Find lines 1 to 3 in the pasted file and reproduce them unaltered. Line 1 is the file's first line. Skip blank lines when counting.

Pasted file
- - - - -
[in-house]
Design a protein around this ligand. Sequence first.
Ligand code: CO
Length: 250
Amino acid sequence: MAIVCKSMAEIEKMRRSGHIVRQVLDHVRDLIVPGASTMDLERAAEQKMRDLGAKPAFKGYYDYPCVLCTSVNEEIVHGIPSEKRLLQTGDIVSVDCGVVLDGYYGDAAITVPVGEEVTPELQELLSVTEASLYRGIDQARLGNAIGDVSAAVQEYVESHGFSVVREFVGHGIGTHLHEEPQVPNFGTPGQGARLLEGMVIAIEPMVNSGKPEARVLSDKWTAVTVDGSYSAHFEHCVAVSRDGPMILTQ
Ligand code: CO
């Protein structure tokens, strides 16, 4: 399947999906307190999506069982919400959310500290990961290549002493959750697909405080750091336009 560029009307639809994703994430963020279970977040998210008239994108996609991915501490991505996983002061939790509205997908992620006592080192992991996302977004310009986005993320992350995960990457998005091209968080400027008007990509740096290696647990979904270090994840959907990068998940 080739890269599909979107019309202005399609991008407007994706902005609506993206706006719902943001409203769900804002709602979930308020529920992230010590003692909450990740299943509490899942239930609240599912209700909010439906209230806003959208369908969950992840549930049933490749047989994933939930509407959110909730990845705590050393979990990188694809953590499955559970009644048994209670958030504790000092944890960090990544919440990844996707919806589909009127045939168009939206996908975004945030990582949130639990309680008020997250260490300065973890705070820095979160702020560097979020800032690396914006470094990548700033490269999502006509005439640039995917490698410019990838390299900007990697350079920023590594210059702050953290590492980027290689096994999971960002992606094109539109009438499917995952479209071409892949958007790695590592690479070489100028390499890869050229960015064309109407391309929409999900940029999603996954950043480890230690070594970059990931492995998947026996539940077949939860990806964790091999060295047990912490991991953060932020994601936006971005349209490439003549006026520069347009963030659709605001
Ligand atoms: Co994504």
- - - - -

[in-house]
Design a protein around this ligand. Sequence first.
Ligand code: CO